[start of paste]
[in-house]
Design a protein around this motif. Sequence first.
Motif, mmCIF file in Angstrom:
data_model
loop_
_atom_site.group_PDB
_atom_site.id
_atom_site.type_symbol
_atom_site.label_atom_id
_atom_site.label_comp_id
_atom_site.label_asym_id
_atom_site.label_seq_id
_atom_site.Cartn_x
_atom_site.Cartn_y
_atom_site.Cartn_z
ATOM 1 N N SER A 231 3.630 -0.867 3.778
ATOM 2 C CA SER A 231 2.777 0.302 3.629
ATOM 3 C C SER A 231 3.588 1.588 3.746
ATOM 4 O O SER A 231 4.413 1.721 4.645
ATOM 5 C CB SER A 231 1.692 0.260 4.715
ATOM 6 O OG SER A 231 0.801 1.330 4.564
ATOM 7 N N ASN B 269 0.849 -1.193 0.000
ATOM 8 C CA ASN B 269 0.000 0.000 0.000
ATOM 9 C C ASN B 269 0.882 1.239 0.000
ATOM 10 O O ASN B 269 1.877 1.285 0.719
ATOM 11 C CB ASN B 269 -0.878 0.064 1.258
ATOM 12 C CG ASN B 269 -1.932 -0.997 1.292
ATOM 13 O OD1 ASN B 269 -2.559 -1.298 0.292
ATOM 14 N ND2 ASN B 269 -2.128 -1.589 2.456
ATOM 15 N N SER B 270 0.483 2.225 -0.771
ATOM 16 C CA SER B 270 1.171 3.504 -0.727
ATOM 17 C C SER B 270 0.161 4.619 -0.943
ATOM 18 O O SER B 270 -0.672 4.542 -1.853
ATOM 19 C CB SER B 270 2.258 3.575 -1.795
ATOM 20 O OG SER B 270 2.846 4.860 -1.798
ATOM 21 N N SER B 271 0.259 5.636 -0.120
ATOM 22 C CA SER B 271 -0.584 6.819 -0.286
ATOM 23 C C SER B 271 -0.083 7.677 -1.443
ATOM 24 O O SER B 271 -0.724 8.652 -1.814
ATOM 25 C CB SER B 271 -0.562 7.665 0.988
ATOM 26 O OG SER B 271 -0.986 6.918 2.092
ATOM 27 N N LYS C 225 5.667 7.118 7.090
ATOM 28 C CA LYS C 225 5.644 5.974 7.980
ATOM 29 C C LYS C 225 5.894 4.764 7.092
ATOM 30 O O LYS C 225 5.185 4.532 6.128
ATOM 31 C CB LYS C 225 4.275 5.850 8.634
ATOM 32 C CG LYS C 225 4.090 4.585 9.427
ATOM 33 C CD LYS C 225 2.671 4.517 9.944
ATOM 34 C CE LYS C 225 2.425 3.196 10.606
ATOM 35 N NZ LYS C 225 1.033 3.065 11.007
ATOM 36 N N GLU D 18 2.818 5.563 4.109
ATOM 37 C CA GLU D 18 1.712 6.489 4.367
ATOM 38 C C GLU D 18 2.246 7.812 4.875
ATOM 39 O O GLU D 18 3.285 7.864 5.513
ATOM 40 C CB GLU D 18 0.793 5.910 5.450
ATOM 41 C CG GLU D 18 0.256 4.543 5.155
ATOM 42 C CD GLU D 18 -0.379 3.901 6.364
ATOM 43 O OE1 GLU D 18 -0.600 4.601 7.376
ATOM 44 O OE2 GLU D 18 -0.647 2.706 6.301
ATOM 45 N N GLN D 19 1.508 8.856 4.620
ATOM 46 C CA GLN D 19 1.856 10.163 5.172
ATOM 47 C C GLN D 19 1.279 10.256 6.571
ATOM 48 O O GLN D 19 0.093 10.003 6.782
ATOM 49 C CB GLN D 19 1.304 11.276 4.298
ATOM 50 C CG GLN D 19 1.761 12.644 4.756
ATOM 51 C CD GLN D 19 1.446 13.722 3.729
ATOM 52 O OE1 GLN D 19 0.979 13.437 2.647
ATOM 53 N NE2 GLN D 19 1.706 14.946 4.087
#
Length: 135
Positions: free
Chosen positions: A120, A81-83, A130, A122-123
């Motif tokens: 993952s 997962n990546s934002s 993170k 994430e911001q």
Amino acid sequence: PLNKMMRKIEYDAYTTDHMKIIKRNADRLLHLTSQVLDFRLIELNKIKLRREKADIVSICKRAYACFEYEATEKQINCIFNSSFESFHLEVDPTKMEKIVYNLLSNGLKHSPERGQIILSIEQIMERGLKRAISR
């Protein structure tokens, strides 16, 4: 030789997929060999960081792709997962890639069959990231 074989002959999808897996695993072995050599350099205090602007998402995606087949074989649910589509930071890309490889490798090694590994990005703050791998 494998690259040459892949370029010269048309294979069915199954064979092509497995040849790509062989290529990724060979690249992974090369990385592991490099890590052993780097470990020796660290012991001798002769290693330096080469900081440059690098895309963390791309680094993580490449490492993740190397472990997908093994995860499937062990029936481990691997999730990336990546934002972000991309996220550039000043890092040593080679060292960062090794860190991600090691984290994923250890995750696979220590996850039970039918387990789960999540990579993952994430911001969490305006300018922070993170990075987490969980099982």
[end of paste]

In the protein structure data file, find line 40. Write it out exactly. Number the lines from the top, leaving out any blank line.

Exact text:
ATOM 25 C CB SER B 271 -0.562 7.665 0.988